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and earth, to have made man independent of all other beings; but, as dependence is one of the strongest bonds of society, mankind were mad dependent on each other for protection and security as they thereby enjoy better opportunities of fulfilling the duties of reciprocal love and friendship. Thus was man formed for social and active life the noblest part of the work of God; and he that will so demean himself, as not to be endeavoring to add to the common stock of knowledge and understanding, may be deemed a drone in the hive of nature, a useless member of society, and unworthy of our protection as masons.




Reminds us that we should be ever watchful and guarded in our thoughts words and actions, particularly when before the enemies of masonry; ever bearing in remembrance those truly masonic virtues, silence and circumspection.




Demonstrates that justice will sooner or later overtake us; and although our thoughts, words and actions may be hidden from the eyes of man, yet that



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All-seeing Eye


whom the SUN, MOON, and STARS obey, and under whose watchful care, even COMETS perform their stupendous revolutions, pervades the inmost recesses of the human HEART, and will reward us according to our merits.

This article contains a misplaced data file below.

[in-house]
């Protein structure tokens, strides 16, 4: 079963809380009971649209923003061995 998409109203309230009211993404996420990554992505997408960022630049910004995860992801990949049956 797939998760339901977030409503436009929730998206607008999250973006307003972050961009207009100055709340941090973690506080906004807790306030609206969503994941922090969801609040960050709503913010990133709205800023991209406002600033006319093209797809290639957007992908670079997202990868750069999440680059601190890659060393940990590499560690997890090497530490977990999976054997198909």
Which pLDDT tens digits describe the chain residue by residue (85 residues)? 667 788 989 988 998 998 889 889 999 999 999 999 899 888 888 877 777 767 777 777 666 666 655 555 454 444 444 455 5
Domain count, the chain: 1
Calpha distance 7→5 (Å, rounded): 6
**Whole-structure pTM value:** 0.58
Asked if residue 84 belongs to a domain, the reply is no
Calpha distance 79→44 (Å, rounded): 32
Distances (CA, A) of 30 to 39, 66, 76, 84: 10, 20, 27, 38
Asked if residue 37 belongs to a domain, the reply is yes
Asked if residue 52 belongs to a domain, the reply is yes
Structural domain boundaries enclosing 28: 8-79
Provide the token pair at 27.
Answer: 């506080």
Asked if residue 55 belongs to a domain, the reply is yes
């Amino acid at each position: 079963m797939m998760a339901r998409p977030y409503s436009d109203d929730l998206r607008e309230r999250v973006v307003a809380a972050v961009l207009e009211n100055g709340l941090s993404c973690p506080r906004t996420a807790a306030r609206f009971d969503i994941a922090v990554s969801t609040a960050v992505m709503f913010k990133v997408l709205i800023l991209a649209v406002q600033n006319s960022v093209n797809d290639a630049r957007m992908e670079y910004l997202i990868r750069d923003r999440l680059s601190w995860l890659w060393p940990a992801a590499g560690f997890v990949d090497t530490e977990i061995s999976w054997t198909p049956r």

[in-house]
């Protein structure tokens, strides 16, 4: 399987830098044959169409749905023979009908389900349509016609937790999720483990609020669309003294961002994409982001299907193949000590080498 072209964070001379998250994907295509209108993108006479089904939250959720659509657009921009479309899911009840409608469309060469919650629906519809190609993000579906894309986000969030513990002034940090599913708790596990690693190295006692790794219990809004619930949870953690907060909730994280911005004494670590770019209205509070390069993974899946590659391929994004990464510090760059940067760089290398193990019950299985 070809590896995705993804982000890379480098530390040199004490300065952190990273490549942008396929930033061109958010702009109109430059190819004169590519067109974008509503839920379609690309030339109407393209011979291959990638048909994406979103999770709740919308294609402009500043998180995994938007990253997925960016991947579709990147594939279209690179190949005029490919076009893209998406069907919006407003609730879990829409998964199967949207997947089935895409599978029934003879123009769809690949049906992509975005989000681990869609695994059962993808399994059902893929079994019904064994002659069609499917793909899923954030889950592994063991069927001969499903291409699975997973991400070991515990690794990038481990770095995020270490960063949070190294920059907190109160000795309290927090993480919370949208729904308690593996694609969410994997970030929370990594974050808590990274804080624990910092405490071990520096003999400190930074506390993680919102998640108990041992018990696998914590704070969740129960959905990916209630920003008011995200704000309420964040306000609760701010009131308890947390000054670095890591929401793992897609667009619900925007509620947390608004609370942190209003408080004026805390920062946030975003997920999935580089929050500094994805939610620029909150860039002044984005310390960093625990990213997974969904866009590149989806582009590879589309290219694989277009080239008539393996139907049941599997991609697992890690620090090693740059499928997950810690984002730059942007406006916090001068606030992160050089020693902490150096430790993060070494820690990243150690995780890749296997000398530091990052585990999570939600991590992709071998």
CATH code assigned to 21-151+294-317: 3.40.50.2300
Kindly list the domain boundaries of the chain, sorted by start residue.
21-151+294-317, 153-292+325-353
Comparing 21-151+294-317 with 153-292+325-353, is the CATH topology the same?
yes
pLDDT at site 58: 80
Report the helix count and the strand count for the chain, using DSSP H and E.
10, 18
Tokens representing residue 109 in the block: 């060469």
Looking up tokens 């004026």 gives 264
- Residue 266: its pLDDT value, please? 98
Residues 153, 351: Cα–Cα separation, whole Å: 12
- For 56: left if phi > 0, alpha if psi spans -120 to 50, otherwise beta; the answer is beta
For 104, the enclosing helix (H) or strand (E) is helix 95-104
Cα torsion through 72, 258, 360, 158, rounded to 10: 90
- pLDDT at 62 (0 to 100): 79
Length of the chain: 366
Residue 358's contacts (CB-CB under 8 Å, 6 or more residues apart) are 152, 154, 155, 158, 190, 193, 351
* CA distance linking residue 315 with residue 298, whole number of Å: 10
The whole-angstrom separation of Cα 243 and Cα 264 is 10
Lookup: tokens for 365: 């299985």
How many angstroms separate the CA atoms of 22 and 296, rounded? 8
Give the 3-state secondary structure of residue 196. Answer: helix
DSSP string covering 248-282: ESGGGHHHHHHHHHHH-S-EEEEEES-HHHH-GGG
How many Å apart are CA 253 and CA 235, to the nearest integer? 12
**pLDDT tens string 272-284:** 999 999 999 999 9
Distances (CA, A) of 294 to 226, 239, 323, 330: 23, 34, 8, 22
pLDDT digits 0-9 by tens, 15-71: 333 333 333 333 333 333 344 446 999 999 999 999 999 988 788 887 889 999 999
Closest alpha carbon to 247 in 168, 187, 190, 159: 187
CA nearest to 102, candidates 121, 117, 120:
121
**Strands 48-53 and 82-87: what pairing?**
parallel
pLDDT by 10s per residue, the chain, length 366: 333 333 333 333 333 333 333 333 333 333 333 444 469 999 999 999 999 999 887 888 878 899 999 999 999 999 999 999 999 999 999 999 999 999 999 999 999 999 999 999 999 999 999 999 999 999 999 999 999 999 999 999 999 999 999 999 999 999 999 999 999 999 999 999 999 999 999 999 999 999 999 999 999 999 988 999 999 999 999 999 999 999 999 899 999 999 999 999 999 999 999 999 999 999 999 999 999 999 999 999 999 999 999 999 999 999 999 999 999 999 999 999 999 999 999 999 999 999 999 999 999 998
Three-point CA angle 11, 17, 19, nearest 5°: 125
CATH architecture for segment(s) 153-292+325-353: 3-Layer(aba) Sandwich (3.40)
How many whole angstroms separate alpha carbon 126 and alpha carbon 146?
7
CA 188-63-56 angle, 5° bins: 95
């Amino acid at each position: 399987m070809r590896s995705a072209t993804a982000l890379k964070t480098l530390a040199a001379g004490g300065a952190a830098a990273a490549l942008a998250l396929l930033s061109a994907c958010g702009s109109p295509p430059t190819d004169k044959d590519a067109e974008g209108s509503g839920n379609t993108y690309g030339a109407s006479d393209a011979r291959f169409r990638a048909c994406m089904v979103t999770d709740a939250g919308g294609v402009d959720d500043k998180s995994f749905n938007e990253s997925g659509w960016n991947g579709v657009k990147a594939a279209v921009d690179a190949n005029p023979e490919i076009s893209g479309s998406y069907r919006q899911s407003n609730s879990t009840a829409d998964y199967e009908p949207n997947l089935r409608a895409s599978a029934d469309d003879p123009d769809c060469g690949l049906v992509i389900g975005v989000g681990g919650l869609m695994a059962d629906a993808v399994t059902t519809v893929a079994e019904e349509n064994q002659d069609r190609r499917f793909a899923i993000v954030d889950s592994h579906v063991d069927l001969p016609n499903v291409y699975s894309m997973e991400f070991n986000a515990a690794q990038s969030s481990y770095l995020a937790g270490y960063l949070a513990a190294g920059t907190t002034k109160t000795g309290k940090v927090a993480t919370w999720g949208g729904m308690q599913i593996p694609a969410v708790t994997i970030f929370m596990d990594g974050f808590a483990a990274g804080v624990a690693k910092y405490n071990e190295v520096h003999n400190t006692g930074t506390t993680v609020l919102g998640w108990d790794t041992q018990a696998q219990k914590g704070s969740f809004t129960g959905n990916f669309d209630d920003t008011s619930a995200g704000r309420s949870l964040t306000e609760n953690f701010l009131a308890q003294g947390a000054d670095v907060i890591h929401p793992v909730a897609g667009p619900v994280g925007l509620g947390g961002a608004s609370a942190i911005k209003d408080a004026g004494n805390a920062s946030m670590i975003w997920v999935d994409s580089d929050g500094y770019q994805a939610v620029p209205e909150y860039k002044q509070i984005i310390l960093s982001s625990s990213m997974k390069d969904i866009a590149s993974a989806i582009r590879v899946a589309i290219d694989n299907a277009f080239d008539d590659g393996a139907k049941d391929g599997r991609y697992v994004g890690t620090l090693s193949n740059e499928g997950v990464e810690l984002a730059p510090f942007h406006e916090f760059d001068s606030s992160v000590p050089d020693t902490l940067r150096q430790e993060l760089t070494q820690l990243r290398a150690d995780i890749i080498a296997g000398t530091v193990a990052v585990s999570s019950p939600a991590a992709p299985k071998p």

Are emblems of a well-grounded hope, and a well-spent life. They are emblematical of that divine. Art, which safely wafts us over this tempestuous sea of troubles, and that Anchor, which shall safely moor us into a peaceful harbor, where the wicked cease from troubling and the weary shall find rest.



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This was an invention of our ancient friend and brother, the great Pythagoras, who, in his travels through Asia, Africa and Europe, was initiated into several orders of priesthood, and raised to the sublime degree of a master mason. This wise philosopher enriched his mind abundantly in a general knowledge of things, and more especially in geometry, or masonry. On this subject, he drew out many problems and theorems; and among the most distinguished, he erected this, which, in the joy of his heart, he called Eureka, signifying, in the Grecian language, I have found it; and upon the discovery of which, he is said to have sacrificed a hecatomb. It teaches masons to be general lovers of the arts and sciences.




Is an emblem of human life. Behold! how swiftly the sands run, and how rapidly our lives are drawing to a close! We cannot without astonishment behold the little particles which are contained in this machine; - how they pass away almost imperceptibly! and yet, to our surprise, in the short space of an hour they are al exhausted. Thus wastes man! To-day, he puts forth the tender leaves of hope; to-morrow, blossoms and hears his